While regulatory change management and enterprise change management may be different domains, there is a lot that regulatory change managers can learn from enterprise change management. The basics of both remain the same, even if regulatory change is a bit more complicated to manage.
Identify the nature of change
In addition to failures related to lack of support, 70% of change projects fail because they are not managed with an adapted approach. In other words, we often think that all change projects are the same and can be done in the same way, but that is far from the case.
Indeed, each change must be treated in a personalized way according to its nature and the populations impacted, because, by definition, the change is frightening and creates frustration. The evolution of mentalities and behaviors is a complex task. Indeed, any change within an organization impacts the employees. Without involving them, and without knowing the levers to help them accept the change, it is very difficult to make this project a success.
The same goes for regulatory changes. It is important to look at the human aspect of things and make sure that employees understand the changes required and why they are required.
Build an action plan
Given their complexity, it is common to encounter difficulties to support change projects. Unfortunately, the means used are often not / or not very effective because they do not manage change as a problem. Regularly, no action plan is put in place, scattered actions are launched throughout the project.
This makes the involvement of stakeholders very difficult in the long term, especially in a context of change that is often experienced as a very important transformation of everyday life. You must build a plan, set goals, and of course evaluate the effectiveness of the actions as you go.
Another key point to not miss out on its change: do not limit yourself to spreading information. We have seen on many projects a common misconception: if people know, they will automatically change. The information is necessary, but not enough.
Accompaniment makes it possible to involve the targets, to mobilize them, by making them actors of the transformation. For example, for a tool change, a user technical documentation is sometimes considered as an accompanying support, even though it doesn’t provide much help. It is therefore more important to privilege, questions / answers sessions, workshops, communities ... More interactive media that allow people to express themselves, participate, co-build and project into a future that makes you want.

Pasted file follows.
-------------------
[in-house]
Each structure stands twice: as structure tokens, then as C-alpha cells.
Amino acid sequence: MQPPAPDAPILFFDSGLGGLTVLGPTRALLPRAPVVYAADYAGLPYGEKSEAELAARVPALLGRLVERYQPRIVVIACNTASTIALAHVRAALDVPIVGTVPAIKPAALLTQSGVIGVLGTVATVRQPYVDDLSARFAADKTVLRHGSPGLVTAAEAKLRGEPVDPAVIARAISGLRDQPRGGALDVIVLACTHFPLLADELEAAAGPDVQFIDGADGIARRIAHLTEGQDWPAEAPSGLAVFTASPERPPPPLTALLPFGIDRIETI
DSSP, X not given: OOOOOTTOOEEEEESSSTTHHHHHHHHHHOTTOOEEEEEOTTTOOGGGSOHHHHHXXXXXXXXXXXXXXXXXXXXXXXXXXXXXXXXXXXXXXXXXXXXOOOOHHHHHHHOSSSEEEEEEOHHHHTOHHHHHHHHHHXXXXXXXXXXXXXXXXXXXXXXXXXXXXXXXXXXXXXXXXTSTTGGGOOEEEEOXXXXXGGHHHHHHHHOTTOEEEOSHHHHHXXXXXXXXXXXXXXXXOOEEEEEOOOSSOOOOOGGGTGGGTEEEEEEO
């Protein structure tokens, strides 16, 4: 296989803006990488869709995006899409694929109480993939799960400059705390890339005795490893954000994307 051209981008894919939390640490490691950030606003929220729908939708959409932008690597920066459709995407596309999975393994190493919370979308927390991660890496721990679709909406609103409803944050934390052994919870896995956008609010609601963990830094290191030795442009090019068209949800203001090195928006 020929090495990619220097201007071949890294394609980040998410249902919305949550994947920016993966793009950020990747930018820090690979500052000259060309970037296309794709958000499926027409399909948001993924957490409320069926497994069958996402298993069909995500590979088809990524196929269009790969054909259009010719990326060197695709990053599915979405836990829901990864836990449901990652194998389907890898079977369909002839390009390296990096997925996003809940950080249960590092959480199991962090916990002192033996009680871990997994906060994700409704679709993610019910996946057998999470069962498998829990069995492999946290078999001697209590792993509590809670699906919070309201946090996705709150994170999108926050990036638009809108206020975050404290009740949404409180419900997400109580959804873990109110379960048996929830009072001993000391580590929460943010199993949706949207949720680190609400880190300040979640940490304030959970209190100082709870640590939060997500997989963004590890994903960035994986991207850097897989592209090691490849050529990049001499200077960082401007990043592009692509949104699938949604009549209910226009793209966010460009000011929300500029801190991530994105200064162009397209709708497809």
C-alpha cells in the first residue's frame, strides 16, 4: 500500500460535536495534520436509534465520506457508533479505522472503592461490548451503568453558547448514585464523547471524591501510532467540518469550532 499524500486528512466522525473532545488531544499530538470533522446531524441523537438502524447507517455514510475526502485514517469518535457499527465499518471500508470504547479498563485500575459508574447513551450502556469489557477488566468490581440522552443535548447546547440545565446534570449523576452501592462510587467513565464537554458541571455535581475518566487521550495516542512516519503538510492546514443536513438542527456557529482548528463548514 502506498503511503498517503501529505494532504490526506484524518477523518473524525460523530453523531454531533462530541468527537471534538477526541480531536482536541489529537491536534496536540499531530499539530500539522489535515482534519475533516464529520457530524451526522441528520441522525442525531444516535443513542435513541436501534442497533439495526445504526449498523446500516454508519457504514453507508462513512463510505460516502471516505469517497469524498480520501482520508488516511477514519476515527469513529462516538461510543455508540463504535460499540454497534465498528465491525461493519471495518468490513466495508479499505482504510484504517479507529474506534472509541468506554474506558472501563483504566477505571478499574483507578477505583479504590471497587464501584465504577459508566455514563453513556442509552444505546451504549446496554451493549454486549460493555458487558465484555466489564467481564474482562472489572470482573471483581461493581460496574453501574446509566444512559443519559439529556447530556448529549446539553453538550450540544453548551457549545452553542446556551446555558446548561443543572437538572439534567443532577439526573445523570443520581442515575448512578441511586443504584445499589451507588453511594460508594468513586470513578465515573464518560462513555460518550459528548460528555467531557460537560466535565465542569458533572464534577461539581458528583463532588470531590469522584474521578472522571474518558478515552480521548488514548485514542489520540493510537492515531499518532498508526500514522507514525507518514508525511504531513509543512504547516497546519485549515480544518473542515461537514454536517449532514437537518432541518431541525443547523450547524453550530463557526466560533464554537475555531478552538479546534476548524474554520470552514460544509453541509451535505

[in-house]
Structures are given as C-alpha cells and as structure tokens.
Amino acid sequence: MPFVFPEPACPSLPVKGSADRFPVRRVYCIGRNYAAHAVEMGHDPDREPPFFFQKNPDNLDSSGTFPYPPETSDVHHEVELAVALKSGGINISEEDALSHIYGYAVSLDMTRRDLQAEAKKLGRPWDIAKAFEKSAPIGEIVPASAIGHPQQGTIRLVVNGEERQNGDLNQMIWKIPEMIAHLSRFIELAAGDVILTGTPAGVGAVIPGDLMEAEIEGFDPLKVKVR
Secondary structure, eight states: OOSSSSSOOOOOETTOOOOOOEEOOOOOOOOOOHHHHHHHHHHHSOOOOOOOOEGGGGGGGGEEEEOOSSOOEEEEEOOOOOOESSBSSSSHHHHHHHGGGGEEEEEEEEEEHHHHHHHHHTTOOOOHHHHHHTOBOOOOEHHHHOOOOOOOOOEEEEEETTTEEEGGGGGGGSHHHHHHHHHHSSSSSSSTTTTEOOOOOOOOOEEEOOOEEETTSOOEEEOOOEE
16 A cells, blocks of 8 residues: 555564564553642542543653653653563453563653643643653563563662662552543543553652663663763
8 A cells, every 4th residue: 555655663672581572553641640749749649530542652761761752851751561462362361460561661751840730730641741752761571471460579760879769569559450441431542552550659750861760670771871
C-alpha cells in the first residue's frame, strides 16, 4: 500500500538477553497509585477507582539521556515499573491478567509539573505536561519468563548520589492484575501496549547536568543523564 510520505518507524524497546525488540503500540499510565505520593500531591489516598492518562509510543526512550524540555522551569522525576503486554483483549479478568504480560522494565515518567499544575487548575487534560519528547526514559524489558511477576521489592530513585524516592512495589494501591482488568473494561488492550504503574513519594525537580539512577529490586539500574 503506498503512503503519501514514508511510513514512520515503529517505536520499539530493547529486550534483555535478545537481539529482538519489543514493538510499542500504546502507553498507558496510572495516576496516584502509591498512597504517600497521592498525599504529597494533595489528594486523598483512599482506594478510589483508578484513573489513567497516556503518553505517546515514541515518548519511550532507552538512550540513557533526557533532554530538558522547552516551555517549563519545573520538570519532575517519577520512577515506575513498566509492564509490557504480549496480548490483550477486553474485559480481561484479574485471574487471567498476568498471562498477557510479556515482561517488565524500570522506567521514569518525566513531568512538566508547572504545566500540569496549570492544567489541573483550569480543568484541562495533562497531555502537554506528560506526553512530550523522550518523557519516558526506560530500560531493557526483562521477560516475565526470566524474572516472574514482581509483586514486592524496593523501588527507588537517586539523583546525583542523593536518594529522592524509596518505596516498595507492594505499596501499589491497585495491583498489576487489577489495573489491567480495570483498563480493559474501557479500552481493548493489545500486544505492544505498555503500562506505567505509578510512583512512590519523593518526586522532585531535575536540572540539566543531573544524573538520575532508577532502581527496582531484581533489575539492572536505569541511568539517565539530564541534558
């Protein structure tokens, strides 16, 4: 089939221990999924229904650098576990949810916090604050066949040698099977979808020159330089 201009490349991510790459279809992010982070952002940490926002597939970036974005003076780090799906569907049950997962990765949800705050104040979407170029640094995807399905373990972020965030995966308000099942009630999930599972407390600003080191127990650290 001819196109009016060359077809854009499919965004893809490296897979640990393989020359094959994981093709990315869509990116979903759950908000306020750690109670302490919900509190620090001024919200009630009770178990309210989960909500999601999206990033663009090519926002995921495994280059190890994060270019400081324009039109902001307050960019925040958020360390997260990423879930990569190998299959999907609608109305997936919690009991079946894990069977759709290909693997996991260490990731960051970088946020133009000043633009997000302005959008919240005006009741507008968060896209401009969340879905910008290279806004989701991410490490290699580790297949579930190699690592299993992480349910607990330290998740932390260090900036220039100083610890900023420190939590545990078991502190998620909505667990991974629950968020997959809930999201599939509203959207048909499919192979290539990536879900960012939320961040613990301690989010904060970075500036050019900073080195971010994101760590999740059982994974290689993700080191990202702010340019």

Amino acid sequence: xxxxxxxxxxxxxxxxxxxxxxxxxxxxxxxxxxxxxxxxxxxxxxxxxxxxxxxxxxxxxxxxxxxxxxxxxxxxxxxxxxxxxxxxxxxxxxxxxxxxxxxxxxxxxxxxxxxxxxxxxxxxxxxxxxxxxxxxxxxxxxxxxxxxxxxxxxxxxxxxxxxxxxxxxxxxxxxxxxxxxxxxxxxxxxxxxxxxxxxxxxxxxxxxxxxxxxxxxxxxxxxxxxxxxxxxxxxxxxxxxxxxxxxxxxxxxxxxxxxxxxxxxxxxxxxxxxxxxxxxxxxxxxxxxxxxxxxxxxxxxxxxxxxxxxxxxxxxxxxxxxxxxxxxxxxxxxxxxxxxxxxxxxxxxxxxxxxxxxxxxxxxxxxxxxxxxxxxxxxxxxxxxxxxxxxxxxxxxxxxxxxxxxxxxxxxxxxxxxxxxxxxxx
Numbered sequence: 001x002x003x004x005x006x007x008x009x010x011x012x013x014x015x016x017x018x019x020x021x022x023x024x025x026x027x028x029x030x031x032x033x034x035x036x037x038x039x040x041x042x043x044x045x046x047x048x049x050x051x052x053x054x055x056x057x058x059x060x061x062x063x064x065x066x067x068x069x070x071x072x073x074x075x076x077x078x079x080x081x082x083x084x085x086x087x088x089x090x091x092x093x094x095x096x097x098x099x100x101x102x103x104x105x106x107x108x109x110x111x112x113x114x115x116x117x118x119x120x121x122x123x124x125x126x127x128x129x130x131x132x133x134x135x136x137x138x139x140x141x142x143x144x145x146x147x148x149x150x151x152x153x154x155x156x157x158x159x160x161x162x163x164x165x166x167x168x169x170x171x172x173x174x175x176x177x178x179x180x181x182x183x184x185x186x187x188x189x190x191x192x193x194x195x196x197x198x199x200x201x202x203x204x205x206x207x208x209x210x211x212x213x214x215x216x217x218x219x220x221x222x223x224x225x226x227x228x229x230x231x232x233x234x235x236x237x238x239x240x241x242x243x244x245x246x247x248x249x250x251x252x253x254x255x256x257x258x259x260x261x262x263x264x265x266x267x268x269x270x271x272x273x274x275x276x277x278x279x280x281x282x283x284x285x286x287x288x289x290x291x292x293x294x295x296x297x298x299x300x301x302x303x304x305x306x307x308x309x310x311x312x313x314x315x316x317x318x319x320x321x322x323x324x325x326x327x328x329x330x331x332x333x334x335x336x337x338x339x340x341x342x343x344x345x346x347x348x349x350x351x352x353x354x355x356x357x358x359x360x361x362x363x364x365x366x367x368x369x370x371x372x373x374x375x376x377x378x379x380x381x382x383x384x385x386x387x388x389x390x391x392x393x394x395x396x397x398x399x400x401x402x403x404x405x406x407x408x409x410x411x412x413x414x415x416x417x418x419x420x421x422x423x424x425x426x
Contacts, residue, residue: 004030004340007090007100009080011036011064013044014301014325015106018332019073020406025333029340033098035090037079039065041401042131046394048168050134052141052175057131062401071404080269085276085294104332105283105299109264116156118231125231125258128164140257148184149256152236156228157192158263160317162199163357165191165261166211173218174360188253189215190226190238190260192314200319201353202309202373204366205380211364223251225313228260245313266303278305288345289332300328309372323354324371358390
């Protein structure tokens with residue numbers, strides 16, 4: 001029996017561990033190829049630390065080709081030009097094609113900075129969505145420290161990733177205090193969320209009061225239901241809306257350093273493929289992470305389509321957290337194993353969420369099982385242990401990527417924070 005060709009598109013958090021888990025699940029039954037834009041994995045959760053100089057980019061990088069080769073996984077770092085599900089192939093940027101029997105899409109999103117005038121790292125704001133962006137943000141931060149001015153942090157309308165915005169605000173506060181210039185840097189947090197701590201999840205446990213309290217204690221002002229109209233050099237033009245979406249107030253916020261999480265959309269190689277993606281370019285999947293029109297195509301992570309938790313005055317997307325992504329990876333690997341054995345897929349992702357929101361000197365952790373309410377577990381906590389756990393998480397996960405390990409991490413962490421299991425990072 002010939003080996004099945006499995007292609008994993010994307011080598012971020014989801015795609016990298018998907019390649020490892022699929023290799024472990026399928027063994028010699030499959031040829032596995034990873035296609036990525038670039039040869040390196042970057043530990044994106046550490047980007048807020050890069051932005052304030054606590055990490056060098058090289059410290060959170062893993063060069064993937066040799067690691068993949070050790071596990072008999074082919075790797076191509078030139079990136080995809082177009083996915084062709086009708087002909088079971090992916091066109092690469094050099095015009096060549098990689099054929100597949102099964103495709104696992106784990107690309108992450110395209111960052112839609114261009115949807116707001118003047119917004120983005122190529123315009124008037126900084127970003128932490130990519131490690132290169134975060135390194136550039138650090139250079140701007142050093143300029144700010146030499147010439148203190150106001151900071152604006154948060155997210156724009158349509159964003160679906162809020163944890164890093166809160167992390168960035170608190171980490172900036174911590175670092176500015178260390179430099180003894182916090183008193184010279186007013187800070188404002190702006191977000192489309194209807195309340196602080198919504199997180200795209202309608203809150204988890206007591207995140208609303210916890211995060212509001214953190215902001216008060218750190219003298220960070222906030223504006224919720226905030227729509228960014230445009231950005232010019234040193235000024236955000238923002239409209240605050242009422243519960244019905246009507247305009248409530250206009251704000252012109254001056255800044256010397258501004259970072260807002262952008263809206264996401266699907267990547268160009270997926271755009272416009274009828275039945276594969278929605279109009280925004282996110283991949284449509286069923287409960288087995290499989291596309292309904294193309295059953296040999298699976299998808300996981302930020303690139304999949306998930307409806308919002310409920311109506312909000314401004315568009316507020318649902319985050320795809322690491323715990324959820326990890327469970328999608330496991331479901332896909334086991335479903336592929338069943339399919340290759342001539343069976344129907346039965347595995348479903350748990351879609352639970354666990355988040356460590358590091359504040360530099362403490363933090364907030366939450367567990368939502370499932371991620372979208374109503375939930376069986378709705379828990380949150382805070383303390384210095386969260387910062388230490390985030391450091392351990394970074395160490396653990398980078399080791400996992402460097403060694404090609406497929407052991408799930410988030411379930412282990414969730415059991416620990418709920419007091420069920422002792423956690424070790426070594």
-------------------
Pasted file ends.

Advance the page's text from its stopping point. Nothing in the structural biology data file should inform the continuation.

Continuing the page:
Finally, a major element is the implementation of a personalized approach concerning the different stakeholders. This will result from a reliable stakeholder analysis that is precise enough to release the power of influence of each identified "population". The sponsor, for example, is the one who is convinced. He then carries the project throughout his life cycle and will have enough influence to get others to accept the future. Then you must be able to give the users a clear vision of what will change and not leave them in limbo.
You cannot simply tell people about the regulatory changes that are coming up – you need to make sure they truly understand it by talking to them, providing training, and making sure you are there to answer any questions they may have.
Make lasting changes to behaviors
First and foremost, it was important to change the behavior of individuals, aware that their attitude is not, or no longer, the right one. For illustration, all employees understood it was essential to have a complex password, however this rule was applied very little.
Businesses also need to make sure that they make lasting changes. This doesn’t simply mean that they should tell the employees to make lasting changes, but that businesses should look at the way they handle regulatory change management and look at where they can make improvements. Some businesses may opt to change the processes that guide RCM, while others may choose to invest in a regulatory change management solution. It is important to create some sort of permanent change to the organization.
That is one of the biggest mistakes the management can make – focusing on short term change. It is easy to change the way people behave for a short period of time. You just need to increase scrutiny and remind everyone about the changes required and they will act differently. However, they will soon go back to working the way they have always worked, which is why it is important that we look at the way people behave and see how we can change their ways permanently. Maybe the answer is in providing them with the right tools, maybe we need to introduce better controls, or maybe management itself needs to take a more active role in the change management process.